The gospel of Luke starts by setting scenes - both for the reason for writing this story and also for the events of the story itself:
Since many have undertaken to set down an orderly account of the events that have been fulfilled among us, just as they were handed on to us by those who from the beginning were eyewitnesses and servants of the word, I too decided, after investigating everything carefully from the very first, to write an orderly account for you, most excellent Theophilus, so that you may know the truth concerning the things about which you have been instructed.
In the days of King Herod of Judea, there was a priest named Zechariah, who belonged to the priestly order of Abijah. His wife was a descendant of Aaron, and her name was Elizabeth. Both of them were righteous before God, living blamelessly according to all the commandments and regulations of the Lord. But they had no children, because Elizabeth was barren, and both were getting on in years.
And there you have it. The author (who doesn’t identify himself but who we have named Luke) is setting out to write an “orderly account” (notice this phrase is used twice) to Theophilus (which literally means “lover of God”) in order that he may know the truth of the events that many others have told … but, apparently, not well enough to Luke’s liking.
And thus he begins to set the stage: In the days of King Herod (character) of Judea (place), there was a priest (calling) named Zechariah (character) … His wife was … Elizabeth (character) and both of them were righteous (characteristics) … but they had no children (tension), because Elizabeth was barren (tragedy), and both were getting on in years (tension).
Luke is an epic storyteller who is about to begin the story of Jesus in an ingenious way, not by introducing the hero, Jesus, but by introducing Zechariah and Elizabeth, ordinary, faithful people who live ordinary, unfulfilled lives. And yet, God is about to do something new and miraculous in their story! And it only foreshadows something even more miraculous yet to come!
Luke is setting the stage not just for this couple’s story, but for all of humanity who lead lives that feel like something important is missing. Zechariah and Elizabeth are stand-ins for us all, just like Adam and Eve, first man and first woman. Something has been lost and what follows is now the story of how God is going to help bring healing, restoration and resurrection to people like Zechariah, Elizabeth, all whose lives are missing something they long felt called to create but couldn’t. Luke’s is the story of God coming into the world to heal what is broken, make possible what seemed impossible, and it begins with the birth of two babies, John and Jesus.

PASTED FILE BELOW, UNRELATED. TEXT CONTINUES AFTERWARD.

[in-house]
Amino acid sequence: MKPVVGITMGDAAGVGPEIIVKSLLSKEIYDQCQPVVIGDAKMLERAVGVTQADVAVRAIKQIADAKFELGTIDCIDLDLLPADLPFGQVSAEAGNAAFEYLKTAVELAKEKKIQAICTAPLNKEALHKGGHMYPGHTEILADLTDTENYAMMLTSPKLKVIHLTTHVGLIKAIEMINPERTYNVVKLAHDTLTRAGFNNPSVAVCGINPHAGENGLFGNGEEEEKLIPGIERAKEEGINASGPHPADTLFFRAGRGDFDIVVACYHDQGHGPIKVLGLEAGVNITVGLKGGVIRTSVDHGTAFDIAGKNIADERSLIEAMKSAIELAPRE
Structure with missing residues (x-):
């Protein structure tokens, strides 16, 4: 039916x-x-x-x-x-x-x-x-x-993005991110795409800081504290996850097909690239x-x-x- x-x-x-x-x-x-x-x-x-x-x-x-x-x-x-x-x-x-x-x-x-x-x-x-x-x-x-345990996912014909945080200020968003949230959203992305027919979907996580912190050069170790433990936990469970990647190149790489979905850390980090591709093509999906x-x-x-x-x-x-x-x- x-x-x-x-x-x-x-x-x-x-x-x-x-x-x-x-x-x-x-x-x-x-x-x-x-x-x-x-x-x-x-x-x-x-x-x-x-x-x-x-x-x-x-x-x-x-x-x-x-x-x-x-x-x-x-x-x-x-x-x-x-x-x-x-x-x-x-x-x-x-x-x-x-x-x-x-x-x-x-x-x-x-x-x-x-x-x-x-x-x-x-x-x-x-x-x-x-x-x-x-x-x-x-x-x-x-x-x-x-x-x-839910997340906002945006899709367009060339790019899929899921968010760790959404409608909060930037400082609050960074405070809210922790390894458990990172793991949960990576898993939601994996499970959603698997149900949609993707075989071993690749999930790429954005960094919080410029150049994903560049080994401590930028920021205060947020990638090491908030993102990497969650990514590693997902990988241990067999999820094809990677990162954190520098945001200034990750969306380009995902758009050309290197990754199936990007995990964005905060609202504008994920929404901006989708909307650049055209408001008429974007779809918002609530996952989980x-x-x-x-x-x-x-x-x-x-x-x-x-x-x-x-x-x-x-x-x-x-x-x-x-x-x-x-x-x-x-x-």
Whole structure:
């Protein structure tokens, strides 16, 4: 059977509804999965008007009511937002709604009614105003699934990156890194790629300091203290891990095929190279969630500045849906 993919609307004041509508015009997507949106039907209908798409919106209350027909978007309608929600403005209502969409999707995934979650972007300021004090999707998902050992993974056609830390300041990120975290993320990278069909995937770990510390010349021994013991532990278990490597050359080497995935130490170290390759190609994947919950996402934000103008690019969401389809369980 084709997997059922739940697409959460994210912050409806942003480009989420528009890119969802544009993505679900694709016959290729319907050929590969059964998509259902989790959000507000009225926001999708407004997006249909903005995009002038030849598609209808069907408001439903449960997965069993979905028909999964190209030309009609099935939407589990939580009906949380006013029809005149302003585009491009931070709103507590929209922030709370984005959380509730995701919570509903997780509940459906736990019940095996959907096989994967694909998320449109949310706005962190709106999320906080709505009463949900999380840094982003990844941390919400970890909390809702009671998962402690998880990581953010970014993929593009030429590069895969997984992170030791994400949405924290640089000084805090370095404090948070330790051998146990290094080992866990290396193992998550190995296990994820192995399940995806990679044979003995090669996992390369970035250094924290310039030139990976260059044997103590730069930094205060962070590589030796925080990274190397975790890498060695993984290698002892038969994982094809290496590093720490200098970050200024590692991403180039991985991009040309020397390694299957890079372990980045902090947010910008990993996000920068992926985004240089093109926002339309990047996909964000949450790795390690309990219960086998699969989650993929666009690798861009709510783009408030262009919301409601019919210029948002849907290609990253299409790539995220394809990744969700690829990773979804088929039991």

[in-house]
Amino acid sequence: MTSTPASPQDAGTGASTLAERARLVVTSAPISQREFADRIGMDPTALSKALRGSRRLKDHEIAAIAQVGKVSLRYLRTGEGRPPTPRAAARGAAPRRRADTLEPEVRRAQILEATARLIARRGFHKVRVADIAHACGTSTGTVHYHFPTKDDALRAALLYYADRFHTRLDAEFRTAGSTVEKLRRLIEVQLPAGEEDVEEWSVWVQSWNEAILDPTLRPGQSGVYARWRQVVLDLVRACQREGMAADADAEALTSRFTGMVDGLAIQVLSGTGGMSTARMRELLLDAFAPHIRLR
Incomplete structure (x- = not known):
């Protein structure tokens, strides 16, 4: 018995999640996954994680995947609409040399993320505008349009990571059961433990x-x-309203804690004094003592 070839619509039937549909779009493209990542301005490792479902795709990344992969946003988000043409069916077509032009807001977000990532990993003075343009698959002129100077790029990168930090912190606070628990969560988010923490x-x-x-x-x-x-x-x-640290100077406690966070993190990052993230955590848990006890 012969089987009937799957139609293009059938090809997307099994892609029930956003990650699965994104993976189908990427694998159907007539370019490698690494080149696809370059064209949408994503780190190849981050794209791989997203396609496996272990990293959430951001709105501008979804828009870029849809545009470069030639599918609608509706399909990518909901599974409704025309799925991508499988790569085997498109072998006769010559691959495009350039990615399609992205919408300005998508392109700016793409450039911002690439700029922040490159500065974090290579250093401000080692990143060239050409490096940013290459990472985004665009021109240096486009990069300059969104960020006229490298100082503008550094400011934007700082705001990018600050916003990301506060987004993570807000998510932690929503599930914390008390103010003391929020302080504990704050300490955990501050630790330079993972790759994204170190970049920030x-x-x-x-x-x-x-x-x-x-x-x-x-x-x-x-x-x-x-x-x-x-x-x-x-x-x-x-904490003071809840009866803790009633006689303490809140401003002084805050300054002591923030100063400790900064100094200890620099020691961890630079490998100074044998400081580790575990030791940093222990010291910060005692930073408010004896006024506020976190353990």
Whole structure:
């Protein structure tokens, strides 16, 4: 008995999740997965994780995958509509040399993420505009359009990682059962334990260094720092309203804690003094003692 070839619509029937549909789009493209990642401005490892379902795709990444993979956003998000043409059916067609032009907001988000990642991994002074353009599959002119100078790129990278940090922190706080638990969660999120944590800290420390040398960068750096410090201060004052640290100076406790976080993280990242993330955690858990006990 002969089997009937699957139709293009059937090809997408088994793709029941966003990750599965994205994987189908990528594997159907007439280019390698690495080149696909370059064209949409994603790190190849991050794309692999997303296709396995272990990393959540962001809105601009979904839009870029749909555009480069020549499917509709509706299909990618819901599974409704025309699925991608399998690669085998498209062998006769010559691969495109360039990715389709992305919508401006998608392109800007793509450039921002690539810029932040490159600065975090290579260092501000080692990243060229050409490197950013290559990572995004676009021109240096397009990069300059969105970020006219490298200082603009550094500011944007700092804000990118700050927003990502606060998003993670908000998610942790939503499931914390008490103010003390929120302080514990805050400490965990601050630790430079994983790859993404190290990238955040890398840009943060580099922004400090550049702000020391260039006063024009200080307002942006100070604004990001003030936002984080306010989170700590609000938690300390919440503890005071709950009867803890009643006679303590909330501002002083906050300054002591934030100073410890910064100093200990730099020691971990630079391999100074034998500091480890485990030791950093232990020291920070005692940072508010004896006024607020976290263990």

Believe it or not, God still does this! God still breaks into our world to surprise us with joy, with completely unexpected twists in the narrative of our lives that transforms and transfigures, moments that are so crucial they divide our stories into everything that happened before that moment and everything that has happened since then … graduations, falling in love, the birth of a child, an unexpected job offer, an enlightening conversation with an old friend, …
Of course the same holds true for the tragedies of our lives as well. Sickness, loss, pain, and death also create these turning points that can send us off on a new path towards eventual reconstruction or sometimes further deconstruction.
Before we begin, take time to examine what some of these moments are for you. There is already a lot of backstory to your life. You have seen many joys and many sorrows, many successes and many failures, some of your own and some of others around you, wrestled with both friend and foe. What has happened to you up to this point will have a profound effect on how you will react to things going forward.
If your life were to be told as a movie or epic novel, what event would make the most effective first scene? What day, conversation, prayer, walk, triumph or tragedy in some way encapsulates the heart of your life to this point? Was it a victory long ago that now casts a long shadow? Was it a tragic loss that has left a deep and unhealed wound? Think of your favorite movie or book and where it begins the story. How does it set the scene and the tone of all that is to come? Our favorite stories almost always begin either by showing the humdrum of the main characters’ everyday life OR the shocking event that disrupts their Ordinary World and sends it spiraling in new trajectories.